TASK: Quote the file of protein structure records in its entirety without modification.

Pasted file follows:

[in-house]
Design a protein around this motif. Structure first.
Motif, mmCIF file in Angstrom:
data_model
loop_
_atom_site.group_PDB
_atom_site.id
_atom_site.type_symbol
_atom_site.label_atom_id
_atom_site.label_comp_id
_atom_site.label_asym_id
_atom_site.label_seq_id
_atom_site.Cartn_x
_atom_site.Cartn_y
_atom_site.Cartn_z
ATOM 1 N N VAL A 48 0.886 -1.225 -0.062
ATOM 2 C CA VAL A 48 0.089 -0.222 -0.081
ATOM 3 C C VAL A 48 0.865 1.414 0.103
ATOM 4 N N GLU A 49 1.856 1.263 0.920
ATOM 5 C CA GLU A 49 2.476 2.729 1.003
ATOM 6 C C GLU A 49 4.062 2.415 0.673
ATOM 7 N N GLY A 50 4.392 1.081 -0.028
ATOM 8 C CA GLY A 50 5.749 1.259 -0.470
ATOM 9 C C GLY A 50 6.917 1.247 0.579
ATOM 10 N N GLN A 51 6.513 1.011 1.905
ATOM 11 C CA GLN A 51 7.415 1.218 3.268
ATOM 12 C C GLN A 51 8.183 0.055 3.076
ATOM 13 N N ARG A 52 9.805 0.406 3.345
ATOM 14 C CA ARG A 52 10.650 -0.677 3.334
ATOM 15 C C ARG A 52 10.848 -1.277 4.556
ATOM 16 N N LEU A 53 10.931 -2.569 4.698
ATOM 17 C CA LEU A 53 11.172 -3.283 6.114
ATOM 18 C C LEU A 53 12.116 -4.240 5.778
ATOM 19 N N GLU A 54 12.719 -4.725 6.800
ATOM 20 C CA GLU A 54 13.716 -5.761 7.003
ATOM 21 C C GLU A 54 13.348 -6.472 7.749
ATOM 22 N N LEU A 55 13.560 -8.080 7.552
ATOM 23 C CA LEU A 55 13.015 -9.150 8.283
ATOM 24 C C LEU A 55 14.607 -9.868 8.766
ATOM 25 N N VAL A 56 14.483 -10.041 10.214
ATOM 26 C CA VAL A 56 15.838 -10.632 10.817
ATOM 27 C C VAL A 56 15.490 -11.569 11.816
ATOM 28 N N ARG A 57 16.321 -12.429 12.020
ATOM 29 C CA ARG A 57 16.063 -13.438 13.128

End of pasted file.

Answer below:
[in-house]
Design a protein around this motif. Structure first.
Motif, mmCIF file in Angstrom:
data_model
loop_
_atom_site.group_PDB
_atom_site.id
_atom_site.type_symbol
_atom_site.label_atom_id
_atom_site.label_comp_id
_atom_site.label_asym_id
_atom_site.label_seq_id
_atom_site.Cartn_x
_atom_site.Cartn_y
_atom_site.Cartn_z
ATOM 1 N N VAL A 48 0.886 -1.225 -0.062
ATOM 2 C CA VAL A 48 0.089 -0.222 -0.081
ATOM 3 C C VAL A 48 0.865 1.414 0.103
ATOM 4 N N GLU A 49 1.856 1.263 0.920
ATOM 5 C CA GLU A 49 2.476 2.729 1.003
ATOM 6 C C GLU A 49 4.062 2.415 0.673
ATOM 7 N N GLY A 50 4.392 1.081 -0.028
ATOM 8 C CA GLY A 50 5.749 1.259 -0.470
ATOM 9 C C GLY A 50 6.917 1.247 0.579
ATOM 10 N N GLN A 51 6.513 1.011 1.905
ATOM 11 C CA GLN A 51 7.415 1.218 3.268
ATOM 12 C C GLN A 51 8.183 0.055 3.076
ATOM 13 N N ARG A 52 9.805 0.406 3.345
ATOM 14 C CA ARG A 52 10.650 -0.677 3.334
ATOM 15 C C ARG A 52 10.848 -1.277 4.556
ATOM 16 N N LEU A 53 10.931 -2.569 4.698
ATOM 17 C CA LEU A 53 11.172 -3.283 6.114
ATOM 18 C C LEU A 53 12.116 -4.240 5.778
ATOM 19 N N GLU A 54 12.719 -4.725 6.800
ATOM 20 C CA GLU A 54 13.716 -5.761 7.003
ATOM 21 C C GLU A 54 13.348 -6.472 7.749
ATOM 22 N N LEU A 55 13.560 -8.080 7.552
ATOM 23 C CA LEU A 55 13.015 -9.150 8.283
ATOM 24 C C LEU A 55 14.607 -9.868 8.766
ATOM 25 N N VAL A 56 14.483 -10.041 10.214
ATOM 26 C CA VAL A 56 15.838 -10.632 10.817
ATOM 27 C C VAL A 56 15.490 -11.569 11.816
ATOM 28 N N ARG A 57 16.321 -12.429 12.020
ATOM 29 C CA ARG A 57 16.063 -13.438 13.128